Six yarns of love, infatuation, longing and desire twist and turn across two continents and over 3½ hours in epic dramedy "Salaam-e-Ishq," which raises the Bollywood bar in a single stroke. Think "Love Actually" but on a much larger emotional and physical canvas, and you're halfway there.
Six yarns of love, infatuation, longing and desire twist and turn across two continents and over 3½ hours in epic dramedy “Salaam-e-Ishq,” which raises the Bollywood bar in a single stroke. Think “Love Actually” (Urdu title means “Hail, Love”) but on a much larger emotional and physical canvas, and you’re halfway there — even without the catchy musical numbers. Strongly cast pic opened well in Indian plexes and overseas, though its extreme length (only a few minutes shy of “Lagaan”) and general air of urbanized sophistication could hinder it in the long run with mass auds.
Director Nikhil Advani was schooled under helmer Karan Johar (“Kabhi khushi kabhie gham … “) in slick, New Age Bollywood masalas, and repays his debt here with a running gag about Johar. “Salaam” is sometimes too knowing in its show-off editing and use of visual f/x and dateline intertitles but, as in his impressive, Gotham-set “Kal ho naa ho” (2003), Advani has a talent for drawing out performances that, at the end of the day, carry the emotions.
Six stories are intercut, with multiscreen sections occasionally reminding the audience where each is at. It’s an extremely elaborate juggling act over such a long span, and one of the pic’s triumphs is that it manages to bring all the different strands satisfyingly to a boil in the final reels, as well as interlocking most of them together.
Stories mostly hinge on crises in relationships that are sorted out in some way. Though it takes a while to click, one of the best vignettes centers on Raju (Govinda), a cab driver at New Delhi airport who fantasizes about his blonde dream girl coming out the doors one day. When she does, it turns out to be Stephanie (South African thesp Shannon Esrechowitz), a hard-assed Canadian who ends up going with him on an epic journey to Udaipur to track down her errant Indian b.f.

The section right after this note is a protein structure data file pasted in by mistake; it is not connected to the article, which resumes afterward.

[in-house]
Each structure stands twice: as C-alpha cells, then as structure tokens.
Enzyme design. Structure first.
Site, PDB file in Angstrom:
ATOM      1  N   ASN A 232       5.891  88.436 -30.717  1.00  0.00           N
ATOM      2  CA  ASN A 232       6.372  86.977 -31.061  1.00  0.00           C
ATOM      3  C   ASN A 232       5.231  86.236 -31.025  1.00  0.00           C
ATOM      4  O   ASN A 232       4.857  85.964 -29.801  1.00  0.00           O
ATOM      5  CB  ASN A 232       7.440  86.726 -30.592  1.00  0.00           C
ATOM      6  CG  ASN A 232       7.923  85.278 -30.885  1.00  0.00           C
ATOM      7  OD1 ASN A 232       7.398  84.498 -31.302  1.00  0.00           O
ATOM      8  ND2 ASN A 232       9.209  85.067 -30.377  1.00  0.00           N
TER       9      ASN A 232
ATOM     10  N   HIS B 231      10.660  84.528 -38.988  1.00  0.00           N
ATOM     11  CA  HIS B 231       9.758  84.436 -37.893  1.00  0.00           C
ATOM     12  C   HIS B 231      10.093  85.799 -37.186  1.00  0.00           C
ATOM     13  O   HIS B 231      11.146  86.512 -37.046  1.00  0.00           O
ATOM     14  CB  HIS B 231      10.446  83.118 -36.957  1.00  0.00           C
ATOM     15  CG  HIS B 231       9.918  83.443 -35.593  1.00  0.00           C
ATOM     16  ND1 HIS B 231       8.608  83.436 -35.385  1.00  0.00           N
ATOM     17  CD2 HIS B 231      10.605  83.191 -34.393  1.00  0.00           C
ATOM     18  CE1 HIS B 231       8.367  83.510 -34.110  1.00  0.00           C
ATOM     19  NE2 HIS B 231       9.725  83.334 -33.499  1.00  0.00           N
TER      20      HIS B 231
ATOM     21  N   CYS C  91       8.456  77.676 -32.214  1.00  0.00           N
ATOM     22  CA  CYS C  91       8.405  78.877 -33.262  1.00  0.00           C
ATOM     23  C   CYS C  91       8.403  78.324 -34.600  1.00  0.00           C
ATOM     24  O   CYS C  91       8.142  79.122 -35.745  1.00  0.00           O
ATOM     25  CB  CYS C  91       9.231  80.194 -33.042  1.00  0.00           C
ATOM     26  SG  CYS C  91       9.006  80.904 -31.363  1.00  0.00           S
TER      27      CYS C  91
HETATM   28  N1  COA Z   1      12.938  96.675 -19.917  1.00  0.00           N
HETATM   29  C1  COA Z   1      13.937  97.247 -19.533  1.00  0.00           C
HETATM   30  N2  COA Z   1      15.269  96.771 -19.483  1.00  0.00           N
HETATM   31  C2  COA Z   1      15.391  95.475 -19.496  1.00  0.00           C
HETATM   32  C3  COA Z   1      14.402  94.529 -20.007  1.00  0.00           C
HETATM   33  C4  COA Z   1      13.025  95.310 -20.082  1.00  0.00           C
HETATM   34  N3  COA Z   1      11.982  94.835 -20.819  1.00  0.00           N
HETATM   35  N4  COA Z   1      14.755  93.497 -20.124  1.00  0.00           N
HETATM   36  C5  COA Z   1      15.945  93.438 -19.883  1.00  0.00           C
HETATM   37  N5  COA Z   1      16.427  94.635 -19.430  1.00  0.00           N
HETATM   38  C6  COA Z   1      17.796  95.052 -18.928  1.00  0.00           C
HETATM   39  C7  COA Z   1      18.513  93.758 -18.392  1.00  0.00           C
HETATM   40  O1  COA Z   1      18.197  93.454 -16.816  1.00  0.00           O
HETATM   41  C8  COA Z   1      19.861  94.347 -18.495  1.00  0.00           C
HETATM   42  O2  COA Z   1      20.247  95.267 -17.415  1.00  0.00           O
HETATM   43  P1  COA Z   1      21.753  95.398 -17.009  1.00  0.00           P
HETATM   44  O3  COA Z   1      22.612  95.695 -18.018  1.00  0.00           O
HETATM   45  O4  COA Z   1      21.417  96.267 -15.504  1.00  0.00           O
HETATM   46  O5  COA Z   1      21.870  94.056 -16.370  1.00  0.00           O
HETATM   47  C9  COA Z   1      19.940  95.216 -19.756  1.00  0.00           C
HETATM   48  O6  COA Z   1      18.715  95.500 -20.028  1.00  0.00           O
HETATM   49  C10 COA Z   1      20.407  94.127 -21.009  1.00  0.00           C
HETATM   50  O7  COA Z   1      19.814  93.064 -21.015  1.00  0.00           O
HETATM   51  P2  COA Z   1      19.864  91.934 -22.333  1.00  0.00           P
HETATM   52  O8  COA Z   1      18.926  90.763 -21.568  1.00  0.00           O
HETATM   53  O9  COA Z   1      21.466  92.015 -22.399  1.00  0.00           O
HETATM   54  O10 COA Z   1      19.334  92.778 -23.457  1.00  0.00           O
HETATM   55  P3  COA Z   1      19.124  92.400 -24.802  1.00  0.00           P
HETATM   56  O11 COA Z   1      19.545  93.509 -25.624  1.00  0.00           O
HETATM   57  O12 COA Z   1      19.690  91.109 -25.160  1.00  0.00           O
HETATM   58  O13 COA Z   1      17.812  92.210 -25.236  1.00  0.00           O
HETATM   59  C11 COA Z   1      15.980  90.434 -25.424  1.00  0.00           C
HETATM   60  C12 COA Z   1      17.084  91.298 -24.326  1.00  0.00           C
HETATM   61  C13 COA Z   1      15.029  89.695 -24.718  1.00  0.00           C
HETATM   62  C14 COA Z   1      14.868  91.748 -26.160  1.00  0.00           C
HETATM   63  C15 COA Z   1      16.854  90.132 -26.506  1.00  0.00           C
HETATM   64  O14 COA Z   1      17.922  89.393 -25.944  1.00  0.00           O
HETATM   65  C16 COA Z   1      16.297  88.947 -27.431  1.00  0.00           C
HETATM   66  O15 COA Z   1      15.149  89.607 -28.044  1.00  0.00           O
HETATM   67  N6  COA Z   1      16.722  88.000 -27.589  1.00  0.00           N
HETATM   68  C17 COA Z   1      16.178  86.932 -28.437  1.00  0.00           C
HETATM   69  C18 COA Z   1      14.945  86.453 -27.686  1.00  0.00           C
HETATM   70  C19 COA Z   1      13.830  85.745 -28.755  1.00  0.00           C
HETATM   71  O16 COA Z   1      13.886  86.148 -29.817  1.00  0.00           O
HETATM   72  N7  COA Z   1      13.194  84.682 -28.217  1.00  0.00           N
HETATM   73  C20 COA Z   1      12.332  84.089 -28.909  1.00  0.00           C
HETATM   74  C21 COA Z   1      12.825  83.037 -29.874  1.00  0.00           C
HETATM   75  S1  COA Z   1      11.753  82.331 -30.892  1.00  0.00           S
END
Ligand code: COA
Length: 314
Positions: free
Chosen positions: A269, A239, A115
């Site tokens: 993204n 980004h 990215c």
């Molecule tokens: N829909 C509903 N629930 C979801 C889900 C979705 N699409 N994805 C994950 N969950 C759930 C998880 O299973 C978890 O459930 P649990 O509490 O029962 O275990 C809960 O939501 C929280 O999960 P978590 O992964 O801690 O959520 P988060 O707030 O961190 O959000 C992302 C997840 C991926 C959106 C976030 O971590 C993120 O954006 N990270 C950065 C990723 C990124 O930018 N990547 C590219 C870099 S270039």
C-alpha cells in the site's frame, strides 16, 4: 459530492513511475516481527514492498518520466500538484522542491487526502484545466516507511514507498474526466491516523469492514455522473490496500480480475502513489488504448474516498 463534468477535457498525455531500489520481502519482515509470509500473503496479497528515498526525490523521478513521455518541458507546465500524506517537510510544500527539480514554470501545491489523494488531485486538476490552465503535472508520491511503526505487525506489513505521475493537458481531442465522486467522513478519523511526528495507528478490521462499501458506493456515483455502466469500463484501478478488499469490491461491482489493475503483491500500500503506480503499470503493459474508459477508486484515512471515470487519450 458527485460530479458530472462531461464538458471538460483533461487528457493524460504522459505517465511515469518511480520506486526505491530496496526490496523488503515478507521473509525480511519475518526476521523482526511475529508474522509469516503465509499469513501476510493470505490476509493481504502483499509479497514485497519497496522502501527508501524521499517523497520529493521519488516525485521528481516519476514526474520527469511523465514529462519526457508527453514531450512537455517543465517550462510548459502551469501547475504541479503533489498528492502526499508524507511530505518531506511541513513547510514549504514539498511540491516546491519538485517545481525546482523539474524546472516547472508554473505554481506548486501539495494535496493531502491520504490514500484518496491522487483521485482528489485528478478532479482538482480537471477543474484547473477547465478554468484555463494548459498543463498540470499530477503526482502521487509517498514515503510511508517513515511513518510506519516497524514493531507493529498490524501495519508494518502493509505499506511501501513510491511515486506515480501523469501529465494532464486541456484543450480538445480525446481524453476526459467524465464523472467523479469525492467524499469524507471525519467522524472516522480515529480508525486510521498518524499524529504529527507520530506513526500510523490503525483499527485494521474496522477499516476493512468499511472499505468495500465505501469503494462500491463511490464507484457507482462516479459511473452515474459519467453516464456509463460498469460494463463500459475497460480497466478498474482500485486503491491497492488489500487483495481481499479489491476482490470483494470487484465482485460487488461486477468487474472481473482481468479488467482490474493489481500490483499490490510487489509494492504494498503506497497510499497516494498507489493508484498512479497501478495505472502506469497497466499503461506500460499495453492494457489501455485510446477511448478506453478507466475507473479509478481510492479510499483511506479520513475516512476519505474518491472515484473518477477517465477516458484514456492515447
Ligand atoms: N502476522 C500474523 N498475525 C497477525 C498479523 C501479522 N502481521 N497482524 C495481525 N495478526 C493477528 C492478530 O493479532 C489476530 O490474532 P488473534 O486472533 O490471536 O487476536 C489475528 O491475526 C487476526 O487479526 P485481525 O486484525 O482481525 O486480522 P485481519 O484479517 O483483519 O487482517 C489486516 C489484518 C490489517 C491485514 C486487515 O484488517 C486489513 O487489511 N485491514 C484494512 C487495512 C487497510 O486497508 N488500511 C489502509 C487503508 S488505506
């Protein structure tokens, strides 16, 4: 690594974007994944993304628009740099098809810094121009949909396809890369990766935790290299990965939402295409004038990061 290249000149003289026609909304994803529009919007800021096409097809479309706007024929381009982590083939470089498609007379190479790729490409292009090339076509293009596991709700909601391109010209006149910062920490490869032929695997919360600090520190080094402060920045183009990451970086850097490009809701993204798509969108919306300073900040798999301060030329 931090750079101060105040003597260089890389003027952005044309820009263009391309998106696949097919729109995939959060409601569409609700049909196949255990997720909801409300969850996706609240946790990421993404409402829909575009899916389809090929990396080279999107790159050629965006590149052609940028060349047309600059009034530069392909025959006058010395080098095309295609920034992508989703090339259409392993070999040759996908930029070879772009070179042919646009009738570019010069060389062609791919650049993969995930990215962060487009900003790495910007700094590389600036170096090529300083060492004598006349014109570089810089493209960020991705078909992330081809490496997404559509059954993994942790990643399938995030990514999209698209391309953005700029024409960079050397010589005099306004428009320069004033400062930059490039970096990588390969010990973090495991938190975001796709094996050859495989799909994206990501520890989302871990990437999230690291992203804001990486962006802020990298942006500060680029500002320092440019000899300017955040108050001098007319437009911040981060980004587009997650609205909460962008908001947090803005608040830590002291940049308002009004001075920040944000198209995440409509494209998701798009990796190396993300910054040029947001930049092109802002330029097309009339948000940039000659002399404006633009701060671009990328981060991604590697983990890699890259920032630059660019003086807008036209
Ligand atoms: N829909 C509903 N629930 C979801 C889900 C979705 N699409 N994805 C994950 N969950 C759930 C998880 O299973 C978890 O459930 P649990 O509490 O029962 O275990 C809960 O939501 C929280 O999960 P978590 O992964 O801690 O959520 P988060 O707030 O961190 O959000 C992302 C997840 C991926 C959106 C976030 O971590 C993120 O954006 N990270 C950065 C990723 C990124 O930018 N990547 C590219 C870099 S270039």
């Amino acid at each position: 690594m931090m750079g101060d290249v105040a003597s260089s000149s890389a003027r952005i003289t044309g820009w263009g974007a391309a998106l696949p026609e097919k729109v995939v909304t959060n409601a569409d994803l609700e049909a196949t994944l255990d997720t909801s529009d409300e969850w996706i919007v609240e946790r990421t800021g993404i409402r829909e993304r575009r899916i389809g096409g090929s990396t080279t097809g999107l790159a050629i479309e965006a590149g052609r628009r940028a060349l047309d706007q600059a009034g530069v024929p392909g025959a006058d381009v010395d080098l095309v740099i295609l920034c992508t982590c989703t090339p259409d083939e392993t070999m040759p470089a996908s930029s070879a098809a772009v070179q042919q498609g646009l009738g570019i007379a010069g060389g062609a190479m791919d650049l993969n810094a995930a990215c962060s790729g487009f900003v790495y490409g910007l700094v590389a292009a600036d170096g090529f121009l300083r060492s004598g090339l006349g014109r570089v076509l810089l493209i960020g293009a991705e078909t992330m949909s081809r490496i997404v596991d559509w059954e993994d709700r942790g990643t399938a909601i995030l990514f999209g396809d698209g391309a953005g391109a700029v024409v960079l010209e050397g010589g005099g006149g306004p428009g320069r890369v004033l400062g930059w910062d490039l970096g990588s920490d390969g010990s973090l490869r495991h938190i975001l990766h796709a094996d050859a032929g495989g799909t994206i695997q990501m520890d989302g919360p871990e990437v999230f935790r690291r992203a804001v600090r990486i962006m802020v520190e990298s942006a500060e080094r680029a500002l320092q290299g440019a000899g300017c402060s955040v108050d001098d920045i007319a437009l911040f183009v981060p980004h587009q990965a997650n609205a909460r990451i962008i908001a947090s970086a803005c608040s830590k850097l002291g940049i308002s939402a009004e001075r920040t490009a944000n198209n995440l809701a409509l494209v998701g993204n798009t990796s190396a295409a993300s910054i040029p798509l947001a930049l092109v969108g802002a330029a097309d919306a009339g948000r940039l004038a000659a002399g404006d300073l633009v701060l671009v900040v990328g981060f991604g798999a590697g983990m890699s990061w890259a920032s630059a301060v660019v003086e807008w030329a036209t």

With each hardly speaking the other’s language, a lot of the comedy and dialogue spins on verbal snafus in the early stages. But as mutual understanding blooms, the relationship (well played by both actors) morphs into a surprisingly touching interracial love story that forms the backbone of the whole movie.
With popular comic Govinda as the cabbie, strand is clearly designed to appeal to less sophisticated Indian auds — as is the least developed story, a comic tale of a horny groom (Sohail Khan) who keeps getting stymied from getting it on with his bride (Isha Koppikar). Story does, however, provide the movie with a witty capper.
Flashiest tale is that between birdbrain Bollywood actress Kkamini (Priyanka Chopra), who wants to change her image, and self-confident opportunist Rahul (Salman Khan), who takes advantage of the fact. Both thesps have conspicuous fun sending up their own images and show terrific onscreen chemistry. Relationship also provides pic with its biggest musical set pieces, including one jaw-dropping eight-minute number prior to the intermission.
As it fans out to include all the other stories, set piece equals the “Say Shava Shava” birthday number in “Kabhi khushi kabhie gham … ” as a breathtaking demo of Bollywood musical-dramatic staging at its best.
Equally good chemistry propels the yarn between confirmed ladies’ man Shiven (Akshaye Khanna, in fine comedic form) and the bride, Gia (Ayesha Takia), he’s having major doubts about marrying. Strand in some ways complements the more serious one between Ashutosh (John Abraham) and his Muslim wife, Tehzeeb (Vidya Balan), whose love is tested when TV journo Tehzeeb goes missing in a train crash.
Linking many of the tales together, however, is middle-aged, London-based PR manager Vinay (Anil Kapoor), married with kids to devoted Seema (Juhi Chawla, very good), who falls for a beautiful young dance teacher, Anjali (Anjana Sukhani). Pic’s basically conservative, middle-class values come to the fore here, but also provide some of the meatiest dramatic scenes.
Production values are top-drawer on all levels, and during part two, as the stories develop some emotional depth, Advani thankfully eases up on the visual trickery.